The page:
Deforestation policy

Healthy forests are critical to overcoming the climate emergency and reversing biodiversity loss, ensuring the survival of both the natural world and human civilisation. To decouple agricultural production from deforestation, a combination of measures are needed, and sustainability systems play a key role in this.

In recent years, many initiatives designed to tackle deforestation have been adopted by international institutions, governments, companies, and industry associations in producer and consumer countries. 

While progress has been made, no single policy instrument or voluntary initiative can address all the drivers of unsustainable production alone. A smart mix of policies is needed, where voluntary sustainability systems and standards play a key role alongside other approaches and regulatory action. ISEAL has been working to drive innovation and support policy-making efforts in this area.

Innovating approaches to assessing and addressing deforestation

Forest certification has been effective in improving forest management around the world and a range of certification systems, particularly for agricultural commodities, have increasingly adopted stronger criteria on deforestation, often related to biodiversity criteria. 

Building on this, ISEAL members have been exploring new and improved ways to strengthen and diversify their approaches and programmes. This can range from empowering local communities and supporting local forest management practices, to new ways of using mapping tools, location data and secondary data to get insights into where deforestation risks occur and how to develop effective mitigation strategies. Learn more about these efforts.

ISEAL’s work on landscape and jurisdictional approaches also support initiatives and solutions that tackle deforestation at a scale beyond the production unit, learn more.

Supporting effective anti-deforestation policies and regulations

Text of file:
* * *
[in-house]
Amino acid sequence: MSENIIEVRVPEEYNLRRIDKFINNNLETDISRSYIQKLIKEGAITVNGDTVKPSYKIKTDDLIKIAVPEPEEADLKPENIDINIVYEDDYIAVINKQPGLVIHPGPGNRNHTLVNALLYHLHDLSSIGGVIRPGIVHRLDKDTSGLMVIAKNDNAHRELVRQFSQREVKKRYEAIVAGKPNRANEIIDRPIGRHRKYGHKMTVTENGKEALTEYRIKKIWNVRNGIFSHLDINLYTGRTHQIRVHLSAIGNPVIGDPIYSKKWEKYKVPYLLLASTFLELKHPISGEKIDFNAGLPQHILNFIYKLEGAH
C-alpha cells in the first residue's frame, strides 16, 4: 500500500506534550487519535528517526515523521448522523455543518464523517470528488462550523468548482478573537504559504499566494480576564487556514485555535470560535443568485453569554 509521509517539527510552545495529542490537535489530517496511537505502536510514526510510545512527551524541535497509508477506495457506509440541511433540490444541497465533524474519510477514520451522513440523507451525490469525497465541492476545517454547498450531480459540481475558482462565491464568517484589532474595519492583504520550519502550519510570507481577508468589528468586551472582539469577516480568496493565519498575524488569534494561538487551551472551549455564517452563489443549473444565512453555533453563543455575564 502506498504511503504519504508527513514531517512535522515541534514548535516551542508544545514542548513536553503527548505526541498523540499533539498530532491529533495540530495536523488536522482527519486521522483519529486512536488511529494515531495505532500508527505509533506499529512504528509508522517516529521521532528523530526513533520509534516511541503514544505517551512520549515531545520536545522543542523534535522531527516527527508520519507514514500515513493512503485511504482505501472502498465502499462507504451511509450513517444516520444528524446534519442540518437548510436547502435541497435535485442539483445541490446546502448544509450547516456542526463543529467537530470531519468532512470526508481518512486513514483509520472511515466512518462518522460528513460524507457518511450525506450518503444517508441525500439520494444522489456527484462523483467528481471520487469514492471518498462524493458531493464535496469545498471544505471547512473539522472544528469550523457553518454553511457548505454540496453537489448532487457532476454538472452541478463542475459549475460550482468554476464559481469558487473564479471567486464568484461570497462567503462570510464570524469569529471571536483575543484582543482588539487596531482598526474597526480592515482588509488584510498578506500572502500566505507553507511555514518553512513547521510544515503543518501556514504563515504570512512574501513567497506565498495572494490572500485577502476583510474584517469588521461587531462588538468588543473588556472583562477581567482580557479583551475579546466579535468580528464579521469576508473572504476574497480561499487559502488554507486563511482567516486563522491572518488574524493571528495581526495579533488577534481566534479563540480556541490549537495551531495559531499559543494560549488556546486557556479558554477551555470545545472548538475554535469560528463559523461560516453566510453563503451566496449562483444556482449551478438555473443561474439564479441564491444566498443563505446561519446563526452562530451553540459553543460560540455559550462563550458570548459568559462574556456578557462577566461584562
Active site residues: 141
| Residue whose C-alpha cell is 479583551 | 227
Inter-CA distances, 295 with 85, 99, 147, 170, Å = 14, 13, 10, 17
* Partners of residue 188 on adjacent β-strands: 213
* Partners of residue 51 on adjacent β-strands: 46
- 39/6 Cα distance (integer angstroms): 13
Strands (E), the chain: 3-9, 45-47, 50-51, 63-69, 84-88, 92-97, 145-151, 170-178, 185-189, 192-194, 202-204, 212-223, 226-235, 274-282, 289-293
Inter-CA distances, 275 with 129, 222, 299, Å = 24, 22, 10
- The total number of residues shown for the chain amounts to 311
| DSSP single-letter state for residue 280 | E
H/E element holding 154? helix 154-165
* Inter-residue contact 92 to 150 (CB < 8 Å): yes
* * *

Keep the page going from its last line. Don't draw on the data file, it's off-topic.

Stopping deforestation is a priority for many governments. In addition to timber legality laws that have been put in place, regulators are increasingly looking to address a broader range of commodities that drive deforestation. 

One milestone is the European Commission’s proposal for a regulation on deforestation published in 2021, which will require companies trading in forest-risk commodities to undertake a mandatory due diligence process. 

ISEAL and its members have worked closely with partners and policymakers to enhance understanding of the role of credible systems and certification within EU regulation, and how an effective policy can build on them. 

A recent ISEAL policy paper, Addressing deforestation through supply-chain regulations, outlines how legislation building upon the work of credible sustainability systems can have a deeper impact on preventing deforestation. 

Some of the key considerations include:

  • Voluntary systems have laid the foundations for tackling deforestation in various sectors, and they can provide support tools through which companies and governments can effectively implement new legislative requirements
  • They can help streamline company actions and investments and ensure a producer-oriented approach to tackling deforestation
  • They do not absolve operators from their duties and responsibilities under due diligence obligations.

We recommend that new regulations build on voluntary sustainability systems using established global definitions of good practice and credibility, as captured in our Credibility Principles and Codes of Good Practice

For any questions about our work on deforestation policy email